But the only thing strait-laced about the Ivy Hotel (www.ivyhotel.com) is the leather-covered, corseted columns in the lobby.
The 159-room, $90-million property could pass as Playboy Mansion South, from the skin-baring cocktail waitresses to the $3,000-a-night specialty suite with king-size bunk beds, a group shower and, ahem, a fireman’s pole.
“We wanted something a little voyeuristic, a little seductive,” said Michael Kelly, the Ivy’s co-owner who has made his fortune buying and selling depressed assets. “It’s an adult playground, but it’s not cheap.”
It used to be that only managers of by-the-hour motels were happy to have their properties mistaken for bordellos. But with soccer moms taking erotic dancing classes at the local community college and Carl’s Jr. using Paris Hilton (read: sex) to sell hamburgers, some hotels aren’t afraid to offer guests more than X-rated pay-per-view movies.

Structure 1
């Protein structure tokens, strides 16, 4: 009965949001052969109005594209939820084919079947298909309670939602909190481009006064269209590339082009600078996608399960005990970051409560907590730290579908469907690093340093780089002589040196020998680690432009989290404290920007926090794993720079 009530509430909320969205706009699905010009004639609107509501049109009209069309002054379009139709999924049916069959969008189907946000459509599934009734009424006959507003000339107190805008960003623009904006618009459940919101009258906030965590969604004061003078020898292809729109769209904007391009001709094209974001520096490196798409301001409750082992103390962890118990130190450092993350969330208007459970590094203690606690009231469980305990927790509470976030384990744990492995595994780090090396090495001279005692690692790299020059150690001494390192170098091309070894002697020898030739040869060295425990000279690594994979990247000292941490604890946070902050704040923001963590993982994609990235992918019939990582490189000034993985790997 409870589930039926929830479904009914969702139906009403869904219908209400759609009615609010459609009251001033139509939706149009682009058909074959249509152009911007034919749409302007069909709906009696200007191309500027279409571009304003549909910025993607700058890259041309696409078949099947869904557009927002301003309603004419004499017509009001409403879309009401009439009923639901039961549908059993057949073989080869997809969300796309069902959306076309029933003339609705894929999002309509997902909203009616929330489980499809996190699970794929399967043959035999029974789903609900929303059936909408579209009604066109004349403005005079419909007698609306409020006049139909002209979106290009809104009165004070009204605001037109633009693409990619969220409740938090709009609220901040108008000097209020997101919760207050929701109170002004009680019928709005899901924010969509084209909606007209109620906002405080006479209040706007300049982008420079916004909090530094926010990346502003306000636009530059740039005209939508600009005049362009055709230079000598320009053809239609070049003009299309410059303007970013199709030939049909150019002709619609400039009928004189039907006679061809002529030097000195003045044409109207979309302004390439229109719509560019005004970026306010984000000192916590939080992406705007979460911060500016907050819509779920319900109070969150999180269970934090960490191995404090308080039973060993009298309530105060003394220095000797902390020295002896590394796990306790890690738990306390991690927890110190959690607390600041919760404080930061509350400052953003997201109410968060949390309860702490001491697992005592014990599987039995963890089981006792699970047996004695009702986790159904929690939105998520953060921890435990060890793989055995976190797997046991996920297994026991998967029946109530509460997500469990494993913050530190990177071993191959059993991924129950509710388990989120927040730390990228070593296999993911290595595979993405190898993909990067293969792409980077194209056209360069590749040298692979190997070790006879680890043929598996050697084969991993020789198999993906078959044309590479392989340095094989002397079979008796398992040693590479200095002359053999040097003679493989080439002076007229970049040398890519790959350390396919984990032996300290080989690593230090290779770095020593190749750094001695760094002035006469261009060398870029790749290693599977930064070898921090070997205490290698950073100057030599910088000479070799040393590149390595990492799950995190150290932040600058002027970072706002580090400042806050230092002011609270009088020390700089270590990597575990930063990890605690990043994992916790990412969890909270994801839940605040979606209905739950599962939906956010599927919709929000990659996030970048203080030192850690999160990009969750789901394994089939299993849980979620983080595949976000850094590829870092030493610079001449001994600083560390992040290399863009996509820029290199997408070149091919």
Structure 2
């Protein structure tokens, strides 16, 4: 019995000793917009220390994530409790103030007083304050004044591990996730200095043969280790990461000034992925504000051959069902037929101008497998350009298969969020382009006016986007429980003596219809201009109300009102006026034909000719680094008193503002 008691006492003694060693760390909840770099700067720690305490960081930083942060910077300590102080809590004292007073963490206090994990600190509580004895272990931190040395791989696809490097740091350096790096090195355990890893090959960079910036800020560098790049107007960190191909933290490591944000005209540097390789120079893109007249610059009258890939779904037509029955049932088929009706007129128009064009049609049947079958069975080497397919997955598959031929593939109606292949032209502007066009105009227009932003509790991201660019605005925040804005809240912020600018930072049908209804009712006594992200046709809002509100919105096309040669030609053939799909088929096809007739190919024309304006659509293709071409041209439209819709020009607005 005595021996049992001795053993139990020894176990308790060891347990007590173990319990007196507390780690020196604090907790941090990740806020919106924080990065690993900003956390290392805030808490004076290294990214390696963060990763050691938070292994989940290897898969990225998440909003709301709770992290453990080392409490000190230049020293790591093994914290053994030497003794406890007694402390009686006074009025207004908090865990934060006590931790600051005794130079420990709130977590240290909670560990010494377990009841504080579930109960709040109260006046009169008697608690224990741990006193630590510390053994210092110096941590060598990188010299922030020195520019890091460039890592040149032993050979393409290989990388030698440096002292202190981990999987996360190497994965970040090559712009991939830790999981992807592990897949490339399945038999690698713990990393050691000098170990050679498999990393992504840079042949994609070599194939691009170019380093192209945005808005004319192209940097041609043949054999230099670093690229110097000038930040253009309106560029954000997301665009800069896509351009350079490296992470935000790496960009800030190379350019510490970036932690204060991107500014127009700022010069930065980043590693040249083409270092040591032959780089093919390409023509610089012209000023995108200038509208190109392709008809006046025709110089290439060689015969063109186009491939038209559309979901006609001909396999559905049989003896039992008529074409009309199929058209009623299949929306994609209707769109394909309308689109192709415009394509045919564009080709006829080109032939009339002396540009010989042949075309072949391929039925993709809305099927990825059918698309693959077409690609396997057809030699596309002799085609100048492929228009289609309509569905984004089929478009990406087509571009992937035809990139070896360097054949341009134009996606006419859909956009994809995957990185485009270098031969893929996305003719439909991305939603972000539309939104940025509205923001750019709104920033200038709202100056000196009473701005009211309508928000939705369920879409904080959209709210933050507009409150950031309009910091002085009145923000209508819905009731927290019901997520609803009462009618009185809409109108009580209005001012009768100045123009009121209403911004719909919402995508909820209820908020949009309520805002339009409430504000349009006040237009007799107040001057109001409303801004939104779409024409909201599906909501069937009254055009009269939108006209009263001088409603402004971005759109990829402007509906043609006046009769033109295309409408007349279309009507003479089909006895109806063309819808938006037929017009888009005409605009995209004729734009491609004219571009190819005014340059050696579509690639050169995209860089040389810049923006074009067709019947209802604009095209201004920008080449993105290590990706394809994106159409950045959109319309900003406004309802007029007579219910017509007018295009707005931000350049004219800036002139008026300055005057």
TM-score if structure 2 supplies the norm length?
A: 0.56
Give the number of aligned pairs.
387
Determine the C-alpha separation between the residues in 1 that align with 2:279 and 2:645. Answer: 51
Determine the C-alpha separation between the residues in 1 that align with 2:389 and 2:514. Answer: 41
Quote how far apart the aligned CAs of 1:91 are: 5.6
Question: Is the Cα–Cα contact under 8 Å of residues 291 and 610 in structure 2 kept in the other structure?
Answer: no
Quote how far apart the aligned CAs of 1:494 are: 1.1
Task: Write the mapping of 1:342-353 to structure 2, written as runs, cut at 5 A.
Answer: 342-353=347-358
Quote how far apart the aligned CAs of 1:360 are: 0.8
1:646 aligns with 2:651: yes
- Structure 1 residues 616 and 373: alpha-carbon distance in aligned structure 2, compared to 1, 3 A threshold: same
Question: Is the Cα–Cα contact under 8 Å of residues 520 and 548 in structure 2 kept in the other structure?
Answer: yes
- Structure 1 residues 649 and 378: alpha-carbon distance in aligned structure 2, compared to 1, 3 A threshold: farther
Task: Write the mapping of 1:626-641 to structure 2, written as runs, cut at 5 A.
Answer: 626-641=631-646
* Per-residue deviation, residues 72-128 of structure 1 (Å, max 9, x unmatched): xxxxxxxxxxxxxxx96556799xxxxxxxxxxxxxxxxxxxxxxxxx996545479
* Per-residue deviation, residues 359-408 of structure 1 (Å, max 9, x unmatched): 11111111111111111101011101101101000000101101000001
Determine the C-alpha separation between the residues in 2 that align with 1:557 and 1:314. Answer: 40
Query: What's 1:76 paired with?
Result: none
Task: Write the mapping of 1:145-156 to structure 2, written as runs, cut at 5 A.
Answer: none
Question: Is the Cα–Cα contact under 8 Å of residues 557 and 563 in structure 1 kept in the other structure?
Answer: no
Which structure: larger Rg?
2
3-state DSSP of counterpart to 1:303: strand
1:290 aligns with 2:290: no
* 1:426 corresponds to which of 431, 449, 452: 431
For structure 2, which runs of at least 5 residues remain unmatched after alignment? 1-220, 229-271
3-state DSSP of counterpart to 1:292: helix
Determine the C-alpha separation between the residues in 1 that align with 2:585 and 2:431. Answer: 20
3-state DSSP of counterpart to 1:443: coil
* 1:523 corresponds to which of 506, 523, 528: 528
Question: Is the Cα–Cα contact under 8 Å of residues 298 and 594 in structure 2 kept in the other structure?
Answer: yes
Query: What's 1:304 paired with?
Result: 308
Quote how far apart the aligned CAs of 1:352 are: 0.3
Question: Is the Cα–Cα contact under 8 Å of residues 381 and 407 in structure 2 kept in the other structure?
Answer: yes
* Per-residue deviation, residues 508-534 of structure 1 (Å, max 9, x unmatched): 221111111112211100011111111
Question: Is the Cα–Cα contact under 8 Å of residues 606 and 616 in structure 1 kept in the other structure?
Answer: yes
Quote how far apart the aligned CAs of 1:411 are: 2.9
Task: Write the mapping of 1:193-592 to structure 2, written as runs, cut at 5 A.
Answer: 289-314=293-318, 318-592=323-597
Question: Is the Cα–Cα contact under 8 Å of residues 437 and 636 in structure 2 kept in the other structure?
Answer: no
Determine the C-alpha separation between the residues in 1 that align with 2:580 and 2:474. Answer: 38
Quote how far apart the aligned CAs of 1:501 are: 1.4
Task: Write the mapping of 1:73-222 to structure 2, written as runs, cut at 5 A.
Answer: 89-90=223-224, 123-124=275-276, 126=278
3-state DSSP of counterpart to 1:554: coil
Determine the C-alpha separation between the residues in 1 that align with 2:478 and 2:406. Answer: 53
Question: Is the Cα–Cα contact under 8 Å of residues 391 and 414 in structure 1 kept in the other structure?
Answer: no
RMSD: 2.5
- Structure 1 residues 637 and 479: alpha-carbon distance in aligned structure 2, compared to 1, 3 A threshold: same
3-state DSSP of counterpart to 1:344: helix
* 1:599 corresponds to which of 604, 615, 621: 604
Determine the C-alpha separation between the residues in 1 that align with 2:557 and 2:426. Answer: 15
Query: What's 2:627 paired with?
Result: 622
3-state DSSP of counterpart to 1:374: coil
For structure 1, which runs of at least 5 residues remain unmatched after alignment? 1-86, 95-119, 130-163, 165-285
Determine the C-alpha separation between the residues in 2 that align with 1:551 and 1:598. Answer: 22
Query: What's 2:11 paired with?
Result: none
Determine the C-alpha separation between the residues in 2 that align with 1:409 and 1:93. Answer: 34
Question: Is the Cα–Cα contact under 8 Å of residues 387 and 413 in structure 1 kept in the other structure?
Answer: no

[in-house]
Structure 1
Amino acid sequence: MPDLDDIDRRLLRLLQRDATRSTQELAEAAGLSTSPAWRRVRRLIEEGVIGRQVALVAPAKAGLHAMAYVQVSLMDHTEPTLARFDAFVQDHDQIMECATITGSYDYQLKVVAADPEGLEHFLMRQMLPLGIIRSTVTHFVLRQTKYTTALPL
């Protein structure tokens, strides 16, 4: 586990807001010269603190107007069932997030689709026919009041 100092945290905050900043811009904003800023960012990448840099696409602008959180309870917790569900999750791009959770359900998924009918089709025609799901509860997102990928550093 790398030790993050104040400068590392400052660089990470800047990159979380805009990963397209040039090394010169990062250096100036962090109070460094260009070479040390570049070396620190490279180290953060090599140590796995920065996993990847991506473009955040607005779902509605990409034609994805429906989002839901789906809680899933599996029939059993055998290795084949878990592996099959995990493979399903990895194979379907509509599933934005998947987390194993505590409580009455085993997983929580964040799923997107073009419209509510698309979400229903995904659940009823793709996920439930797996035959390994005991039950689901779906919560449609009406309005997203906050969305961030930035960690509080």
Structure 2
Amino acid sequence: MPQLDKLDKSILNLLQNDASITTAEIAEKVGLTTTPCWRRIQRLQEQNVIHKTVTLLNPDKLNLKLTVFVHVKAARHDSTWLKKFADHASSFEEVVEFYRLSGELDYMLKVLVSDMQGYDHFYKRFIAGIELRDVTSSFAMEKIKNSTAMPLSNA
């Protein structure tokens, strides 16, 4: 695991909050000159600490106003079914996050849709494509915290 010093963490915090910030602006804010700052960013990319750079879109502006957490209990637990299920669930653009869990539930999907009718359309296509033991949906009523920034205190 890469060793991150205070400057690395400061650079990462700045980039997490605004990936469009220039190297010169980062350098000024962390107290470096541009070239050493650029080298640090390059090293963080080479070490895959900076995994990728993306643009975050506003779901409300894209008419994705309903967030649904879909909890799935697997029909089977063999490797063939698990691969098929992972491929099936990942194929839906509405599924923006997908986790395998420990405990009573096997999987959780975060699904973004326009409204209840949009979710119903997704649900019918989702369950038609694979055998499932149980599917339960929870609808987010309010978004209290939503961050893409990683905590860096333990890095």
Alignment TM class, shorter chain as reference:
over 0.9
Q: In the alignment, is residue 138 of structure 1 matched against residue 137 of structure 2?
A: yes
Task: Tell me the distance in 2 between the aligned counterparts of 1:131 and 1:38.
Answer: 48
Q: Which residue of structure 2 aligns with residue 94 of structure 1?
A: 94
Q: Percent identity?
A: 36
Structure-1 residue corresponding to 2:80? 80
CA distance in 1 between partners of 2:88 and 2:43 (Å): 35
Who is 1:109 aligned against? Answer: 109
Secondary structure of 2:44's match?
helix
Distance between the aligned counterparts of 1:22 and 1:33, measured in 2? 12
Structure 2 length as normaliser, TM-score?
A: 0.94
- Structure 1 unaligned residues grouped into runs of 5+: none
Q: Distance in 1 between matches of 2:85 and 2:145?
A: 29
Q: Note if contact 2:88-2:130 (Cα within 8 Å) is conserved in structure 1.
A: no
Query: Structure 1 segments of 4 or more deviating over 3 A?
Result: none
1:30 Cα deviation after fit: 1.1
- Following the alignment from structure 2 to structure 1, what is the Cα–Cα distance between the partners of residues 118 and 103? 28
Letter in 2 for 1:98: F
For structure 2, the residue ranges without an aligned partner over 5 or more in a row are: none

Julie Albright, who teaches classes on human sexuality and social psychology at USC, says easy access to sexual messages and images has shifted the bounds of what’s considered socially acceptable.
“It’s the pornification of mainstream society,” she said. “There’s more overt sexuality in our media, on television. More people have cable TV. More people are on the Internet.”